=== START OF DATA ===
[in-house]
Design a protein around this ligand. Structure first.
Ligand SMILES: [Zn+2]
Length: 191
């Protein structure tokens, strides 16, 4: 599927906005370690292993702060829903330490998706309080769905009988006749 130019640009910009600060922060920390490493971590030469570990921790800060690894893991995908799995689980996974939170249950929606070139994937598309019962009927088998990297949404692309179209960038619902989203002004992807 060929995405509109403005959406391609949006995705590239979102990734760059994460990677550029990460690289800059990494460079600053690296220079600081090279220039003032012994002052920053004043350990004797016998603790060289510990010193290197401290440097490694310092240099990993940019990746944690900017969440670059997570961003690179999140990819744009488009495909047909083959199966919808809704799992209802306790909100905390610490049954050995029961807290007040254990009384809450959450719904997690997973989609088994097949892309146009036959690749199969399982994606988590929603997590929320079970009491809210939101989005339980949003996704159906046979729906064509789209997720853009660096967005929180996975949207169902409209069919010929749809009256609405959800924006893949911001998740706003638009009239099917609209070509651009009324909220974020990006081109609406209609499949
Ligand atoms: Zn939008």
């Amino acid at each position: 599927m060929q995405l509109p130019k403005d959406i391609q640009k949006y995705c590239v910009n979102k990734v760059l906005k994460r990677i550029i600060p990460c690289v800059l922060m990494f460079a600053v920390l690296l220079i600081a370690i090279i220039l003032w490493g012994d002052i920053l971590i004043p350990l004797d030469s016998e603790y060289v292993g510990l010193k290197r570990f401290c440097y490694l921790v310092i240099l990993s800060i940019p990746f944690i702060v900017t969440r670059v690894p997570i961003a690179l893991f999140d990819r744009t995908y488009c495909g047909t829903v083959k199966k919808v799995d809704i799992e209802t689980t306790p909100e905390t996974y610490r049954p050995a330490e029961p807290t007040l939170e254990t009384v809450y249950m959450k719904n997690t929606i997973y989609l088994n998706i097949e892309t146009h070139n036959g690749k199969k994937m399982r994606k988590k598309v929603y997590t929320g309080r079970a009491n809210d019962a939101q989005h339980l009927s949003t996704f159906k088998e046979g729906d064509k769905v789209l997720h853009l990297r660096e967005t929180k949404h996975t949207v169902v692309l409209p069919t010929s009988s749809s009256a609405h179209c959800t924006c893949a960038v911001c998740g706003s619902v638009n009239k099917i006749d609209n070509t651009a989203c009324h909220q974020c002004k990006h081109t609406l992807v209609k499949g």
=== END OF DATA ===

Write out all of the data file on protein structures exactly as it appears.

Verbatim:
[in-house]
Design a protein around this ligand. Structure first.
Ligand SMILES: [Zn+2]
Length: 191
């Protein structure tokens, strides 16, 4: 599927906005370690292993702060829903330490998706309080769905009988006749 130019640009910009600060922060920390490493971590030469570990921790800060690894893991995908799995689980996974939170249950929606070139994937598309019962009927088998990297949404692309179209960038619902989203002004992807 060929995405509109403005959406391609949006995705590239979102990734760059994460990677550029990460690289800059990494460079600053690296220079600081090279220039003032012994002052920053004043350990004797016998603790060289510990010193290197401290440097490694310092240099990993940019990746944690900017969440670059997570961003690179999140990819744009488009495909047909083959199966919808809704799992209802306790909100905390610490049954050995029961807290007040254990009384809450959450719904997690997973989609088994097949892309146009036959690749199969399982994606988590929603997590929320079970009491809210939101989005339980949003996704159906046979729906064509789209997720853009660096967005929180996975949207169902409209069919010929749809009256609405959800924006893949911001998740706003638009009239099917609209070509651009009324909220974020990006081109609406209609499949
Ligand atoms: Zn939008």
């Amino acid at each position: 599927m060929q995405l509109p130019k403005d959406i391609q640009k949006y995705c590239v910009n979102k990734v760059l906005k994460r990677i550029i600060p990460c690289v800059l922060m990494f460079a600053v920390l690296l220079i600081a370690i090279i220039l003032w490493g012994d002052i920053l971590i004043p350990l004797d030469s016998e603790y060289v292993g510990l010193k290197r570990f401290c440097y490694l921790v310092i240099l990993s800060i940019p990746f944690i702060v900017t969440r670059v690894p997570i961003a690179l893991f999140d990819r744009t995908y488009c495909g047909t829903v083959k199966k919808v799995d809704i799992e209802t689980t306790p909100e905390t996974y610490r049954p050995a330490e029961p807290t007040l939170e254990t009384v809450y249950m959450k719904n997690t929606i997973y989609l088994n998706i097949e892309t146009h070139n036959g690749k199969k994937m399982r994606k988590k598309v929603y997590t929320g309080r079970a009491n809210d019962a939101q989005h339980l009927s949003t996704f159906k088998e046979g729906d064509k769905v789209l997720h853009l990297r660096e967005t929180k949404h996975t949207v169902v692309l409209p069919t010929s009988s749809s009256a609405h179209c959800t924006c893949a960038v911001c998740g706003s619902v638009n009239k099917i006749d609209n070509t651009a989203c009324h909220q974020c002004k990006h081109t609406l992807v209609k499949g």